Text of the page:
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Disabled veterans will receive cost-of-living increase
Posted August 31, 2015
Veterans will get a cost of living increase for 2016.

Veterans will get a cost of living increase for 2016.

Those who were wounded while serving our country truly deserve the best. It appears Congress may be making a move toward this, as the MilitaryTimes reported that there will likely be a cost-of-living increase for disabled veterans in 2016.

However, this veterans benefits increase will be tied to Social Security Administration disability benefits. The increase her will not be known until October, so veterans and their families will have to wait to hear about the increase in their benefits.

Members of the U.S. House of Representatives passed the cost of living adjustment for disabled veterans, calling it a “commonsense adjustment,” according to the MilitaryTimes. The Senate still has to approve this veterans benefits increase, but there is almost no chance that any politician will choose to vote against this increase in payment.

The increase may not be huge, as the adjustment was an increase of 1.7 percent for the SSA and veterans benefits last year.

MilitaryTimes reports that this new legislation also deems it necessary for VA to pay accrued benefits to a decreased veteran’s estate, even if the veteran passes away without family to receive the payout. This change was passed in an effort to make sure VA does not withhold or cancel payments before every eligible beneficiary is identified

In an era where veterans are often caught in a benefits backlog, it is good to see the U.S. government attempting to do the right thing for those who nobly served our country.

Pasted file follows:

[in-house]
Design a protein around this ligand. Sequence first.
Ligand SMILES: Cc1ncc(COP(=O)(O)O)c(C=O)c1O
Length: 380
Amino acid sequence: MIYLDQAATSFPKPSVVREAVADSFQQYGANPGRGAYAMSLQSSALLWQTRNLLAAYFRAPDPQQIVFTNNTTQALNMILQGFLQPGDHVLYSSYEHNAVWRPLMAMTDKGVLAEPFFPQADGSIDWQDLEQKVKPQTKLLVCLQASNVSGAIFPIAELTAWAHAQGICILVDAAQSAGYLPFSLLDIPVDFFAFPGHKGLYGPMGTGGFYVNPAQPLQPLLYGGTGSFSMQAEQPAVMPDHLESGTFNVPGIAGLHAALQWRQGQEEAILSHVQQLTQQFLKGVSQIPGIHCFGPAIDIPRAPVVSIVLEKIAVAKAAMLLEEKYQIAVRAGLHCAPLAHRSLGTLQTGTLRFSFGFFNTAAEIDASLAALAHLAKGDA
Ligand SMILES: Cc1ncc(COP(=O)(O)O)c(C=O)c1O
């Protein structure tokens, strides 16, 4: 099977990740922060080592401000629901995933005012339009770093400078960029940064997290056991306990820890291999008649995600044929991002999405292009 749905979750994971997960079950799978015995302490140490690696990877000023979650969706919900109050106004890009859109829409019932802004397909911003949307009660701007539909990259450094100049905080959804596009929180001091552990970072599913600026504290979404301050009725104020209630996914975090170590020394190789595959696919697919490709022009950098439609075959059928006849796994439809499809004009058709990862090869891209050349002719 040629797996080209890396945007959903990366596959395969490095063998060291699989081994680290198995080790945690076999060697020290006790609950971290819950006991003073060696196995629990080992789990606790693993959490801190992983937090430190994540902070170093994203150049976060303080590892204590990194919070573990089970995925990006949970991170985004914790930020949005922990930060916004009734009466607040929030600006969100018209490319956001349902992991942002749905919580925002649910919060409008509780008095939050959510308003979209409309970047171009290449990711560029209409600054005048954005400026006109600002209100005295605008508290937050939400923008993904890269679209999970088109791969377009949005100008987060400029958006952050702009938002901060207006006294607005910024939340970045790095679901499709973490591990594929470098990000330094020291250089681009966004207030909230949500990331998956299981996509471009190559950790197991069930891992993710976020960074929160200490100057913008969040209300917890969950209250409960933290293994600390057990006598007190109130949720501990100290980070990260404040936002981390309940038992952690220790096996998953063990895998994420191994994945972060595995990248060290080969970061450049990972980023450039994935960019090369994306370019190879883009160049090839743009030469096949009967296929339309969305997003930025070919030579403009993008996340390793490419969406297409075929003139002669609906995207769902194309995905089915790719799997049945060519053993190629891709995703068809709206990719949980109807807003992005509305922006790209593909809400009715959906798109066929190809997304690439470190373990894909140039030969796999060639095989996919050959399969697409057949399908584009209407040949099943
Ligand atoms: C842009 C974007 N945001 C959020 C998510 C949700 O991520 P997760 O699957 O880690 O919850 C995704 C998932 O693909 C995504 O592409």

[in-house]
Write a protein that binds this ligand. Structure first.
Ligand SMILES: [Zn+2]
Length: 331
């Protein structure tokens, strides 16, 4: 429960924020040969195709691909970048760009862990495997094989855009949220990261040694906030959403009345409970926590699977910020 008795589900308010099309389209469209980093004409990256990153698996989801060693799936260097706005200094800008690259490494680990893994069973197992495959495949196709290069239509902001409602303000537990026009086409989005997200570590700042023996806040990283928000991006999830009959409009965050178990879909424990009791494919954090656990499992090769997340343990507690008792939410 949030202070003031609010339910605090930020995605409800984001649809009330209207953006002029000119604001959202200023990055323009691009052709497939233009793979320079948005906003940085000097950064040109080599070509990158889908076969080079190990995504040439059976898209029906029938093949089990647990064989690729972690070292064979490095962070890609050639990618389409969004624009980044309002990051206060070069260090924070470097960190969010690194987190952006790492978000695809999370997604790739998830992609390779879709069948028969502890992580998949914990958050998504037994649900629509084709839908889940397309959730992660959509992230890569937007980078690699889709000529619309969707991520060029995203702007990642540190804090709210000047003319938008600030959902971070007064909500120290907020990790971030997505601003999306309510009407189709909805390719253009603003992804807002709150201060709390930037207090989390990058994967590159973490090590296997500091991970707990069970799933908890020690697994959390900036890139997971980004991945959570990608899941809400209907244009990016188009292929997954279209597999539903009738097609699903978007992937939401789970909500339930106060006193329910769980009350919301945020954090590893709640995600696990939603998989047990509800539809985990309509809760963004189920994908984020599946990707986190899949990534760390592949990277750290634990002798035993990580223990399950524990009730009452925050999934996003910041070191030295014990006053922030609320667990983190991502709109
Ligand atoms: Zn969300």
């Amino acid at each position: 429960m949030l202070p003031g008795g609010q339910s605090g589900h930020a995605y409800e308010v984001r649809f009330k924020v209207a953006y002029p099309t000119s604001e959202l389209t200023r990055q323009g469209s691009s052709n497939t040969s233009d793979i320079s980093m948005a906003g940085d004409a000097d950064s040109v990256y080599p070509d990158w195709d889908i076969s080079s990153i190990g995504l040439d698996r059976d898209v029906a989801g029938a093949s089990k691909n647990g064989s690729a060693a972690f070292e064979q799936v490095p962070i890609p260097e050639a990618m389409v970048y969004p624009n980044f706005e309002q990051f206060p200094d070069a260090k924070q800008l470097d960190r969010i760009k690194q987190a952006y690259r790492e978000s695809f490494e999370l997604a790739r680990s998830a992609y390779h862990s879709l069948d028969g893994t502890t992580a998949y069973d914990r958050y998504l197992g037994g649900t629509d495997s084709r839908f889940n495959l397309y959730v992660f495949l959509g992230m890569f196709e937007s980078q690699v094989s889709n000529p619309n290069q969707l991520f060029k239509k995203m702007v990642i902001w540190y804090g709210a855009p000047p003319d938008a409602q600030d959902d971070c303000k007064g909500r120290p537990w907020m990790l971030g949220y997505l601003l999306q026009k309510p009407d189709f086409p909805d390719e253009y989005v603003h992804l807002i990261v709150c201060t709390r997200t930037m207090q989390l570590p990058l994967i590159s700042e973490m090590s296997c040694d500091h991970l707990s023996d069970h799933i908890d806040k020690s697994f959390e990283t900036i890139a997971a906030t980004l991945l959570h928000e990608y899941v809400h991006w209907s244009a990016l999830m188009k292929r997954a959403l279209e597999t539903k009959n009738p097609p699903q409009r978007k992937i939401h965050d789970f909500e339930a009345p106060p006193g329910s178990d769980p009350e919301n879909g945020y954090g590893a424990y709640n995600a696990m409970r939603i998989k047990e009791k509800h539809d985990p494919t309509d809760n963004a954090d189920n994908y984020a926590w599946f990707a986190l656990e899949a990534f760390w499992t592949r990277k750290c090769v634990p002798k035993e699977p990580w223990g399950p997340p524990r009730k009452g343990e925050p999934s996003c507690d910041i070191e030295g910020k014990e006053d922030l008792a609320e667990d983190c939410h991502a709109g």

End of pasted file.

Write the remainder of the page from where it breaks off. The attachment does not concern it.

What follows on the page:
Depression, anxiety more heavily affects management, study shows
Posted August 24, 2015

Managers and supervisors at work have a greater chance of suffering from depression and anxiety, according to a recent report from Columbia University’s Mailman School of Public Health.

Those who find themselves suffering from depression and anxiety to the point of not being able to work should get professional medical help and apply for disability benefits through the Social Security Administration.

According to the study, the results of which were printed in the journal Sociology of Health and Illness, approximately twice the number of supervisors and managers suffered from mental health issues than than workers. For example, 18 percent of supervisors and managers suffered from depression, whereas 12 percent of workers said they did.

The study said this may be due to the added stresses of being in a position of power. Katherine Keyes, PhD, assistant professor of Epidemiology, said they chose to focus on these two mental illnesses due to the fact that the age of onset is usually older.

Typically, the stress of having less money and power is thought of as something that causes depression and anxiety. This study shows that may not necessarily be the case; people across all walks of life should be sure they are being attentive to their mental healthcare needs.

Depression and anxiety symptoms are, far and away, the primary reason people are unable to perform in competitive employment. The combination of depression and anxiety symptoms disables them from seeking employment and from performing work activities. The Law Offices of Harold W. Conick and Associates are experts in securing and presenting evidence to win Social Security benefits for it’s clients.